Wednesday 26 August 2009

The lady's not for branding

I'm always amused when I read articles in the British press about Angela Merkel. They don't really know what to make of her. You see, the British love branding, from Brand Beckham to Brand Obama. People that can be branded (for that, read put in a convenient box and given a snappy nickname like "The Iron Lady") or that set out to "brand" themselves are beloved of British marketeers and journalists alike.

In The Times, Melanie McDonagh comments on Frau Merkel's coming top in Forbes list of The 100 most powerful women. While Ms McDonagh poo-poos the nature of the list, quite rightly, and does make some interesting observations about the German Chancellor, she also ties herself up in knots.

Frau Merkel is described as "dowdy to the point of frumpiness" yet she "stands out in any photograph of world leaders with her bright little jackets". She is compared to Michelle Obama and Sarah Brown, which is about as relevant as comparing Ronald Reagan with Denis Thatcher.

And, in the title of the piece, a pathetic attempt is made at branding, not even worthy of The Sun: "Frau Frump gives us the finest showing of girl power."

When will the journalists learn that a World Leader has very little in common with Victoria Beckham?

Friday 21 August 2009

Go Trabi Go

Twenty years after the fall of the Wall, one of the symbols of the DDR is to be given a new lease of life. The new Trabant will be unveiled at the Frankfurt Motor Show next month.
More than any other brand, the Trabant symbolises the positive and negative nostalgia ("Ostalgie") for communist Germany. Families had to wait months or even years for the little car and once it arrived, you had to open the bonnet and fiddle around mixing 2-stroke every time you needed fuel - and you'd only know you needed fuel once you opened the bonnet and checked the dipstick. There was no heating except for your own blankets in those cold Eastern Bloc winters. Yet you could fit the whole family and your luggage into the compact little car and despite - or maybe because of - its failings, it was much loved.
The new Trabant will take a new direction. Gone is the 2-stroke in favour of envirnomentally-friendly electrical power. On first hearing, this sound odd. How can a brand that was associated with belching out black smoke reinvent itself on a green basis? But maybe the core of the Trabant brand is about frugality and saving and this translates for the 21st Century into saving resources. Go, Trabi, go!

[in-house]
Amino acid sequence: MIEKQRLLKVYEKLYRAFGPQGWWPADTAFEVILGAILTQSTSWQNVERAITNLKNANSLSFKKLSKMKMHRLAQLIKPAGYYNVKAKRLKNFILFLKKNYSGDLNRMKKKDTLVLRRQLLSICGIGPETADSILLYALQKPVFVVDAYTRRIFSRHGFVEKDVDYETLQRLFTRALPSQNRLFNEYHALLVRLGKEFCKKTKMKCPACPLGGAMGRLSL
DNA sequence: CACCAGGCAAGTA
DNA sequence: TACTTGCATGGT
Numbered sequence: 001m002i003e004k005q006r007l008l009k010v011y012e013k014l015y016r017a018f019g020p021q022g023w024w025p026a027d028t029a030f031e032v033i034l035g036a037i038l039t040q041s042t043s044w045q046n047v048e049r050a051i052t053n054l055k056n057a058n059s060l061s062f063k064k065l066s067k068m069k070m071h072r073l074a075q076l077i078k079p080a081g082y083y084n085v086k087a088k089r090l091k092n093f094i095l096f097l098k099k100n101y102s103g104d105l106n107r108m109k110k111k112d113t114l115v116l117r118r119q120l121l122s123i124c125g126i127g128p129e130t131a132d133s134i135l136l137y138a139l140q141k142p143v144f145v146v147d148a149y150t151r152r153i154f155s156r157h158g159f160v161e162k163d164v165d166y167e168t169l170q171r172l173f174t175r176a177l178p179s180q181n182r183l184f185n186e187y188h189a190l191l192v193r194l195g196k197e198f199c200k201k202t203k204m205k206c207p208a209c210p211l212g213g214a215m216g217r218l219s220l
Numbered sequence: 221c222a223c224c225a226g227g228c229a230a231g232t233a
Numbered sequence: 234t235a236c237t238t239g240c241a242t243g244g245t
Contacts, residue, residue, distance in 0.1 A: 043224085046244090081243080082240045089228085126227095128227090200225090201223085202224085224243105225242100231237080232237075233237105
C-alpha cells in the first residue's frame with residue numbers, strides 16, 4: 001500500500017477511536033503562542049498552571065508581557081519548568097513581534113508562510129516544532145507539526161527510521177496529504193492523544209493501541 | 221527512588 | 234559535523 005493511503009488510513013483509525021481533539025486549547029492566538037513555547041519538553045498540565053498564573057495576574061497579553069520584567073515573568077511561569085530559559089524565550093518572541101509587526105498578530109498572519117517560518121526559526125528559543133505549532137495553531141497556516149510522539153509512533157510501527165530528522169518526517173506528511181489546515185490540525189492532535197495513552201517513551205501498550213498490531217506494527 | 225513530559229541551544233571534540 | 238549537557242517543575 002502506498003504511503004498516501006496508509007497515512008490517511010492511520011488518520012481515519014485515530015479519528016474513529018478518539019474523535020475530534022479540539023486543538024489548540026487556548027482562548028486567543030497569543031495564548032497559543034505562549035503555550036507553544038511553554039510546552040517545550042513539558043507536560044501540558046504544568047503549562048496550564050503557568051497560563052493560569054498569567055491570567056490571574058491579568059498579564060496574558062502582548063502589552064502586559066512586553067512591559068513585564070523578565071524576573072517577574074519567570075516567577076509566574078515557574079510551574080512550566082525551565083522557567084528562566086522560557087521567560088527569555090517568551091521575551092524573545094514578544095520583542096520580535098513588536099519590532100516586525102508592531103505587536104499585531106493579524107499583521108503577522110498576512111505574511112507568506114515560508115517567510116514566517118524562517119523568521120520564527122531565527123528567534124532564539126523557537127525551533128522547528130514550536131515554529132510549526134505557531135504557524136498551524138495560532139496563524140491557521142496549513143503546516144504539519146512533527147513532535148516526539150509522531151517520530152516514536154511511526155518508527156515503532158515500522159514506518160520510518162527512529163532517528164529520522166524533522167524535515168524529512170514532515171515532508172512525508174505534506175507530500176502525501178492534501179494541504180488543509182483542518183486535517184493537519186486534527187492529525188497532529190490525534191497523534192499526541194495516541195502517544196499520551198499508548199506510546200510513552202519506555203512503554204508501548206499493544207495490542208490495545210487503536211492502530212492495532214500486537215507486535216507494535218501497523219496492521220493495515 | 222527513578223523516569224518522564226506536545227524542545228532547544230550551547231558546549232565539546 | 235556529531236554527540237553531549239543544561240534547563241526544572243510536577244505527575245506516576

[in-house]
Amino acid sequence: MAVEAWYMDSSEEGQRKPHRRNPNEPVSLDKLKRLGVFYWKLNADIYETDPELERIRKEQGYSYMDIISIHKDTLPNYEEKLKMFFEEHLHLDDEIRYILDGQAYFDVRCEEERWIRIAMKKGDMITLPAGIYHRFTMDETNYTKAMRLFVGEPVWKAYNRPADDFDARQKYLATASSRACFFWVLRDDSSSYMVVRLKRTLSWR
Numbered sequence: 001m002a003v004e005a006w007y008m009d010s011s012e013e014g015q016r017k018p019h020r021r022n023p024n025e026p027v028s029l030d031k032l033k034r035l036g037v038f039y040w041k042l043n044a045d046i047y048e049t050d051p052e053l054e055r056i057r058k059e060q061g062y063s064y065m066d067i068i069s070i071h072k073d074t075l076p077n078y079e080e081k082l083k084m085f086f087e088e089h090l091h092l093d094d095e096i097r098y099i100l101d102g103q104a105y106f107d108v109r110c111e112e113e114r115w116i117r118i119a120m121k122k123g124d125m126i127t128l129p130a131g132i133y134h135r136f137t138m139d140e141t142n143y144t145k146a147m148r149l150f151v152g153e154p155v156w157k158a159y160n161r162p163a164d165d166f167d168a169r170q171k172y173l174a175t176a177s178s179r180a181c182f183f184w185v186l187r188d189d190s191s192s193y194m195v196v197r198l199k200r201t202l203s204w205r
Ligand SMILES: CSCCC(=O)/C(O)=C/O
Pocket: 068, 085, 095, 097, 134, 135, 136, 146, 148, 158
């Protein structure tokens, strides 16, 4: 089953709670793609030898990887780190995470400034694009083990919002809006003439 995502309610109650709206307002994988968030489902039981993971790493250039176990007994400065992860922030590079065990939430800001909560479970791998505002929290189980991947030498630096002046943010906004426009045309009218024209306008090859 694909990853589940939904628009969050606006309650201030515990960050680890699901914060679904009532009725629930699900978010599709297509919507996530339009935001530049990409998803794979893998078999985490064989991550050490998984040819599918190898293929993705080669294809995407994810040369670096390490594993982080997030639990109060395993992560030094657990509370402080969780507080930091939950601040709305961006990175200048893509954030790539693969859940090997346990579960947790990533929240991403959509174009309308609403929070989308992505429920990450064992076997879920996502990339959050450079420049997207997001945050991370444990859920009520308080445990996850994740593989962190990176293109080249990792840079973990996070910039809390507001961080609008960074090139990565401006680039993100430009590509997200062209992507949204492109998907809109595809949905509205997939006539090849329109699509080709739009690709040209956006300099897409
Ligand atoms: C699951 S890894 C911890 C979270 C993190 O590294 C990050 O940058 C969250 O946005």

Tuesday 18 August 2009

A parallel England

I have to admit that most of my impressions regarding the "state of the nation" of my homeland have come from the internet, and specifically, the UK media, since I've lived over here. Maybe it's part of a justification that the grass isn't really greener, but I had built up a picture of "Brown's Broken Britain" deep in recession-depression, where a CCTV can steal your identity in a flash, where children don't dare venture outside the door for fear of road-rage paedophiles, where the whole nation is caught up in swine-flu paranoia and everyone is Twittering while the country goes steadily down the drain.

Having just got off the boat after two weeks' holiday in England, I have to say that the reality that I experienced was different and hooray for that! OK, I expect that most of the people I know are middle-class and middle-aged-ish (although these are meant to be the worst hit by the recession) but I got the impression that in England, people are having a wry smile at all the gloom and doom in the papers then simply getting on with it in their own world. Yes, there is "cutting back", but it's done in a spirit of self-determined no nonsense. None of the five families we visited was buying bottled water any more (except for special occasions). The over-priced ex-pubs with their pretentious menus and fussy food were spurned in favour of good home cooking.

At the end of it, I did get the feeling of parallel worlds and wondered just how much of what we soak up on the internet is real. It's sad that even the once quality papers in the UK have sunk to the level of doom-laden rags. But, in the end, it was a cheering experience that all that you read in the media is not true. I expect I really do need to get out a bit more.